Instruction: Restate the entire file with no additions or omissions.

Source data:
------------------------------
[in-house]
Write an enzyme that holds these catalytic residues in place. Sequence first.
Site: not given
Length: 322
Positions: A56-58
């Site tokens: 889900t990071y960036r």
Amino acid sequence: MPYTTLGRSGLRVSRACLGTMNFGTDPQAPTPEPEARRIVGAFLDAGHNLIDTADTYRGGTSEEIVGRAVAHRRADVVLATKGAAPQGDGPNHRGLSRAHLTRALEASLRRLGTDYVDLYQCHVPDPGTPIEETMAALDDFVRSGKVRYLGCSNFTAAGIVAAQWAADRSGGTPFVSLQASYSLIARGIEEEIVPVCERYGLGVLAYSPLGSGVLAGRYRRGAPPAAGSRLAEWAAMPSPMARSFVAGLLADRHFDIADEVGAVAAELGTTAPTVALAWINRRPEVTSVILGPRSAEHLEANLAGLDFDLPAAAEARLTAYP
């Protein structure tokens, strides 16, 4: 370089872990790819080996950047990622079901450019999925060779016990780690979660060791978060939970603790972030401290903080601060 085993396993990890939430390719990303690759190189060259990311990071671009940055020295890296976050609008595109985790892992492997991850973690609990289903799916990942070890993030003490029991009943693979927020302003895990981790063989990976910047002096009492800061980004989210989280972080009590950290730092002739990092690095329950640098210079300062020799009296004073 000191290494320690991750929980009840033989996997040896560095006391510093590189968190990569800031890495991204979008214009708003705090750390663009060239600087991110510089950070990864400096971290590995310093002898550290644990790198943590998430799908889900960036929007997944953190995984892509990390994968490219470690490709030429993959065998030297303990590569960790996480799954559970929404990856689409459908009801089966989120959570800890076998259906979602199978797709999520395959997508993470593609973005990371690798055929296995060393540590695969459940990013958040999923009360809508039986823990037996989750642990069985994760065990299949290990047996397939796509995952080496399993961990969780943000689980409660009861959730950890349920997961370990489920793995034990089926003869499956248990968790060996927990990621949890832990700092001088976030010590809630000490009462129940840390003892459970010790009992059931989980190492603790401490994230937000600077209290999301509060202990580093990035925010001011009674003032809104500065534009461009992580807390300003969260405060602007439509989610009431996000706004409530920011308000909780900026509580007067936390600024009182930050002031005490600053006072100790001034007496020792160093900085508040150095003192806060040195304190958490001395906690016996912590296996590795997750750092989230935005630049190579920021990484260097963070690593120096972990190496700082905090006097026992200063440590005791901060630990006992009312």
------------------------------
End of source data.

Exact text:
[in-house]
Write an enzyme that holds these catalytic residues in place. Sequence first.
Site: not given
Length: 322
Positions: A56-58
């Site tokens: 889900t990071y960036r």
Amino acid sequence: MPYTTLGRSGLRVSRACLGTMNFGTDPQAPTPEPEARRIVGAFLDAGHNLIDTADTYRGGTSEEIVGRAVAHRRADVVLATKGAAPQGDGPNHRGLSRAHLTRALEASLRRLGTDYVDLYQCHVPDPGTPIEETMAALDDFVRSGKVRYLGCSNFTAAGIVAAQWAADRSGGTPFVSLQASYSLIARGIEEEIVPVCERYGLGVLAYSPLGSGVLAGRYRRGAPPAAGSRLAEWAAMPSPMARSFVAGLLADRHFDIADEVGAVAAELGTTAPTVALAWINRRPEVTSVILGPRSAEHLEANLAGLDFDLPAAAEARLTAYP
């Protein structure tokens, strides 16, 4: 370089872990790819080996950047990622079901450019999925060779016990780690979660060791978060939970603790972030401290903080601060 085993396993990890939430390719990303690759190189060259990311990071671009940055020295890296976050609008595109985790892992492997991850973690609990289903799916990942070890993030003490029991009943693979927020302003895990981790063989990976910047002096009492800061980004989210989280972080009590950290730092002739990092690095329950640098210079300062020799009296004073 000191290494320690991750929980009840033989996997040896560095006391510093590189968190990569800031890495991204979008214009708003705090750390663009060239600087991110510089950070990864400096971290590995310093002898550290644990790198943590998430799908889900960036929007997944953190995984892509990390994968490219470690490709030429993959065998030297303990590569960790996480799954559970929404990856689409459908009801089966989120959570800890076998259906979602199978797709999520395959997508993470593609973005990371690798055929296995060393540590695969459940990013958040999923009360809508039986823990037996989750642990069985994760065990299949290990047996397939796509995952080496399993961990969780943000689980409660009861959730950890349920997961370990489920793995034990089926003869499956248990968790060996927990990621949890832990700092001088976030010590809630000490009462129940840390003892459970010790009992059931989980190492603790401490994230937000600077209290999301509060202990580093990035925010001011009674003032809104500065534009461009992580807390300003969260405060602007439509989610009431996000706004409530920011308000909780900026509580007067936390600024009182930050002031005490600053006072100790001034007496020792160093900085508040150095003192806060040195304190958490001395906690016996912590296996590795997750750092989230935005630049190579920021990484260097963070690593120096972990190496700082905090006097026992200063440590005791901060630990006992009312």